The murderer of five not only responded by employing the first cipher technique described in Poe's A Few Words on Secret Writing to create the 340 cipher, but also inserted one of Poe's poems into the message. Here is a portion of the newspaper article: "Dr Marsh told the Examiner today: "The killer wouldn't dare, as he claimed in letters to the newspapers, to reveal his name in the cipher to established cryptogram experts. He knows, to quote Edgar Allan Poe, that any cipher created by man can be solved by man. Zodiac has not told the truth in his cipher messages to the Examiner, the Chronicle and the Vallejo Times-Herald. Zodiac has not done this, because to tell the complete truth in relation to his name -in cipher code - would lead to his capture. I invite Zodiac to send The American Cryptogram Association a cipher code - however complicated - which will truly and honestly include his name".
The first section of Poe's essay mentioned the encryption technique of using scytala to conceal a message. In cryptography, a scytale (also transliterated skytale), is a tool used to perform a transposition cipher, consisting of a cylinder with a strip of parchment wound around it, on which is written a message. This online scytale decoder can be used to unearth the message in the Zodiac Killer's 340 cipher, which used a period 19 shift. Quite the coincidence that the Zodiac Killer would employ a similar technique from the very first portion of the essay 'A Few Words on Secret Writing'. This alone is not evidence of a connection between the newspaper article, Edgar Allan Poe and the Zodiac Killer, but the following observations may change your mind.
But what is really interesting, is that the essay then suggests the notion of a perpetually shifting alphabet by creating two concentric circular pieces of pasteboard, with one placed inside the other and fixed, while the other can rotate. On each, the alphabet would be written (or random characters). By shifting the outer circle a certain number of spaces, different letters can represent others in the message. Bearing in mind the Zodiac Killer created three circled 8's, I considered the idea of placing Zodiac's 13 characters in two concentric circles with the characters aligned. In other words, A on the outer circle aligned with the A on the inner circle ,E on the outer circle aligned with the E on the inner circle, N on the outer circle aligned with the N on the inner circle, etc. Then I just shifted the outer circle 8 spaces clockwise, so that the 8's aligned with three new characters. Those characters were ME and the Zodiac crosshairs (shown above in the red boxes).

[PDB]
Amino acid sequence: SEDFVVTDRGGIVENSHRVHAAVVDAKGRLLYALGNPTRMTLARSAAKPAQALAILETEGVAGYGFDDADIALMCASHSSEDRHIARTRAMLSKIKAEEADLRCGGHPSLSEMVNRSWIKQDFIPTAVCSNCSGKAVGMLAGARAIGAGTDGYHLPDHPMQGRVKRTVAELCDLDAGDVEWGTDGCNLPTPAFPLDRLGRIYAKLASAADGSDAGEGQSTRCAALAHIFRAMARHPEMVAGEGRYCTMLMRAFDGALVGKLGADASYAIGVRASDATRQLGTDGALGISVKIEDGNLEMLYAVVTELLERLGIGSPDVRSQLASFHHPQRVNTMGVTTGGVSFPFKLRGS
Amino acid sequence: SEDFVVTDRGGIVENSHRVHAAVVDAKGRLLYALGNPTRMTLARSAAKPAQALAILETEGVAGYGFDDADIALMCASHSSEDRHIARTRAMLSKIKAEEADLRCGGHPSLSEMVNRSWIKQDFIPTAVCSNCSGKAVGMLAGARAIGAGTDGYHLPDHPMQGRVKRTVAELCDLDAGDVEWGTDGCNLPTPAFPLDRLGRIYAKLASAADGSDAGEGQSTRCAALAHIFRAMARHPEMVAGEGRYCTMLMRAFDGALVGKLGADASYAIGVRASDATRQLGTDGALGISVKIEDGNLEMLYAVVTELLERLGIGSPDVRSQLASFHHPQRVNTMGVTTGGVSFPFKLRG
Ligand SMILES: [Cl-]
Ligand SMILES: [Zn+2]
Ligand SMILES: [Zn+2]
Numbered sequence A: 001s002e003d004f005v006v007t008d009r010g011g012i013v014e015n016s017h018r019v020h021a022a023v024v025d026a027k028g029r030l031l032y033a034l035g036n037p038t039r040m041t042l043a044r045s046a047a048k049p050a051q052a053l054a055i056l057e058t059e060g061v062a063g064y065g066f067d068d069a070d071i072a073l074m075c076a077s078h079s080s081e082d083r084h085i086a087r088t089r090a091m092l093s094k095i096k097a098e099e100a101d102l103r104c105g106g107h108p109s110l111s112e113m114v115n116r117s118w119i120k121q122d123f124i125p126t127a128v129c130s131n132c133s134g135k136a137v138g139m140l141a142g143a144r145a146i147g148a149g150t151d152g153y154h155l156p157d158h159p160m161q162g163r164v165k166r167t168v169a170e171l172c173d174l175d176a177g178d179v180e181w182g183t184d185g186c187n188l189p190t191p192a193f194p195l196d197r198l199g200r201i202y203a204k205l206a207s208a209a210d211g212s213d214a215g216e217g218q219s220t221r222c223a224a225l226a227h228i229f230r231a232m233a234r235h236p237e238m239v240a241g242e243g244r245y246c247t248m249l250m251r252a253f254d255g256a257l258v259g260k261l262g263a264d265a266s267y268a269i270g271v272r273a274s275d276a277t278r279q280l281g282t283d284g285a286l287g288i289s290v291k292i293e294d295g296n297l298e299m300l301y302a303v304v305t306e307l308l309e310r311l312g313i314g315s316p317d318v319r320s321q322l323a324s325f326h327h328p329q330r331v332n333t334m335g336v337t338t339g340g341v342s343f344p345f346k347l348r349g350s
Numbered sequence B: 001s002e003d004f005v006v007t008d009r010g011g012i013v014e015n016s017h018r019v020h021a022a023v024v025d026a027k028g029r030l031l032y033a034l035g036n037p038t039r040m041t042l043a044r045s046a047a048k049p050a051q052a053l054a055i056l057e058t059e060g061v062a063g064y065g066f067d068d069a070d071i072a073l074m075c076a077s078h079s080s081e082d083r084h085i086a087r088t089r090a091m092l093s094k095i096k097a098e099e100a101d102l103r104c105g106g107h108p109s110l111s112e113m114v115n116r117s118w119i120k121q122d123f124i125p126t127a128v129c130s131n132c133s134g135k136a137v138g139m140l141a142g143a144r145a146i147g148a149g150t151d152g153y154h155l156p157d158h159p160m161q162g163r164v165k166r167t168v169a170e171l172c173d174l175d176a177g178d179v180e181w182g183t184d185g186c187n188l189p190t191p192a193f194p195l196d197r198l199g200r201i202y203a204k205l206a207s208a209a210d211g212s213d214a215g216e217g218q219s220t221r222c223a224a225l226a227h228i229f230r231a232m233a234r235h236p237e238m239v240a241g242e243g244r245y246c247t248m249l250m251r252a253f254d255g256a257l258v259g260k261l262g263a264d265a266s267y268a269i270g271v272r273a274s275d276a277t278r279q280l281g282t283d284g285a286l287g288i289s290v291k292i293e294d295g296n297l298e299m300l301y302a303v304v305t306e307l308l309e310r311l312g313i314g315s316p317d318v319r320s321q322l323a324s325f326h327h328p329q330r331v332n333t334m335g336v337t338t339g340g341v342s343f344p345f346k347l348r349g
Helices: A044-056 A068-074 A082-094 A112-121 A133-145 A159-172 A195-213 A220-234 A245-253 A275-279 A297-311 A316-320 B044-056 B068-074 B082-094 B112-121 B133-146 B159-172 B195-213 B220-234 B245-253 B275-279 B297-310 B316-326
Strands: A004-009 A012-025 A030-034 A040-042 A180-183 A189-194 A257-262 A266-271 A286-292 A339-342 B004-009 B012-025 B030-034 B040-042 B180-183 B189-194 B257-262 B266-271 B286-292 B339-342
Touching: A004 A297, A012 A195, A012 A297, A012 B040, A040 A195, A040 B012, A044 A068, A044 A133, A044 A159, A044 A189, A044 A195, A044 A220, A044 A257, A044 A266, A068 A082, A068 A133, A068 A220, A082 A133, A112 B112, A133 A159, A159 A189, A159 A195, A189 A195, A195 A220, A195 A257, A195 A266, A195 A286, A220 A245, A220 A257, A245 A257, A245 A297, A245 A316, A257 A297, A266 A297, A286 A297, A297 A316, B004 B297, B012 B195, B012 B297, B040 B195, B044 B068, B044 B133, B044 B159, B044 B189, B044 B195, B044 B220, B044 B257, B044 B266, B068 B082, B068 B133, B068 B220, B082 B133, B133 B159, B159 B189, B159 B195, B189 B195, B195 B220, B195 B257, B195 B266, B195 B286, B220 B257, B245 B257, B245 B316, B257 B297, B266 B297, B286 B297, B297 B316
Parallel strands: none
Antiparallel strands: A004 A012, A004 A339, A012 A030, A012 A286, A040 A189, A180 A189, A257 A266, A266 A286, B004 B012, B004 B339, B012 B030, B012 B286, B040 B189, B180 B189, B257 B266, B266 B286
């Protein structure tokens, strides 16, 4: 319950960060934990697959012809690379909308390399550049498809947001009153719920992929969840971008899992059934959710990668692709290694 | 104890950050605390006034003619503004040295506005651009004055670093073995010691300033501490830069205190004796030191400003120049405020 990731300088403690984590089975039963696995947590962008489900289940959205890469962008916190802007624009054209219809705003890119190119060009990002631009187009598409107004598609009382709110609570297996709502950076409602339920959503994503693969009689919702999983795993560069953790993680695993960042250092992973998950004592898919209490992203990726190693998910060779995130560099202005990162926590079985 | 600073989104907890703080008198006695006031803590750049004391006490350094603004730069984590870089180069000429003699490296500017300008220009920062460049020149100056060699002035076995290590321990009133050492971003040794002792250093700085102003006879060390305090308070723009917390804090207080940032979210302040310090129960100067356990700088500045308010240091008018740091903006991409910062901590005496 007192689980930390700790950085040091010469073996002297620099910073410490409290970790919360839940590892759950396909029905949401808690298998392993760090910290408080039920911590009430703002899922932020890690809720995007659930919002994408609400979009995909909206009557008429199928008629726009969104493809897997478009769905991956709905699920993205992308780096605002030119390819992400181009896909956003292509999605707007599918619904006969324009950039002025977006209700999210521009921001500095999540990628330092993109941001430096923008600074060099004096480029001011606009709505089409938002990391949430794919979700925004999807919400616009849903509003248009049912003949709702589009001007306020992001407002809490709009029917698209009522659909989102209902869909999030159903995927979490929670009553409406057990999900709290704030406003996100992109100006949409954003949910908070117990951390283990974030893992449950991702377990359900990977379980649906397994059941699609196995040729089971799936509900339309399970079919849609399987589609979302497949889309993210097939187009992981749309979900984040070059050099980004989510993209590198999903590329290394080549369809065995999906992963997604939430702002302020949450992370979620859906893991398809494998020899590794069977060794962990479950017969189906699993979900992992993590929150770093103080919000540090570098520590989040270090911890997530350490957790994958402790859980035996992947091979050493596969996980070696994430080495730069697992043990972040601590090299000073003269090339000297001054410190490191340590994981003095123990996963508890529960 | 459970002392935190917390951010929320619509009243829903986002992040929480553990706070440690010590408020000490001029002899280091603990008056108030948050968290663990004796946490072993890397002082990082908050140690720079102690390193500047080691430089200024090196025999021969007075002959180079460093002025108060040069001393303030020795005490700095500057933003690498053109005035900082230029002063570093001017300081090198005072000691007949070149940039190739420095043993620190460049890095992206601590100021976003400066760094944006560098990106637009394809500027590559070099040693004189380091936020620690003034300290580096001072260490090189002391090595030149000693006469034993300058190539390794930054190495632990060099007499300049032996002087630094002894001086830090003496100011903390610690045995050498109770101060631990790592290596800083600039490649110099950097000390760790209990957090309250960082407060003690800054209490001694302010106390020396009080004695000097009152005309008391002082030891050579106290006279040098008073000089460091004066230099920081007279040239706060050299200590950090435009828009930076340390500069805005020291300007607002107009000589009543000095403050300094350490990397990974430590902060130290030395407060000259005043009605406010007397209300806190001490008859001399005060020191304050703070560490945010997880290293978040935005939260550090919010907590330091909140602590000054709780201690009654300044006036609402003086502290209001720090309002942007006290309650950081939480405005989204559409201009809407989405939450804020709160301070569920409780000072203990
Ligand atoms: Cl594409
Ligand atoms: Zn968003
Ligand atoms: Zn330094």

The Zodiac Killer must have known that by creating a 13 character code, he was making it practically unsolvable using standard cryptographic methods. By using this method, employing a simple "shift of 8" technique, we at least get a crude message that he used later in the Exorcist letter: "This is the Zodiac speaking. By the way have you cracked the last cipher I sent you? My name is Me (crosshairs)"
The Zodiac Killer would almost certainly have been aware that Edgar Allan Poe was a poet, so it would be rather fitting had Zodiac incorporated one of Edgar Allan Poe's poems into one of his ciphers or codes. We had to wait 51 years to find the answer to this question. In December 2020, David Oranchak, Sam Blake and Jarl Van Eykce cracked the 340 cipher, which ended with the likely message of "I AM NOT AFRAID BECAUSE I KNOW THAT MY NEW LIFE IS DEATH. LIFE WILL BE AN EASY ONE IN PARADICE". The moving epitaph to his recently deceased wife, written by Edgar Allan Poe, was delivered in the form of poetry and entitled "To One in Paradise".
Are all these connections to Edgar Allan Poe a coincidence?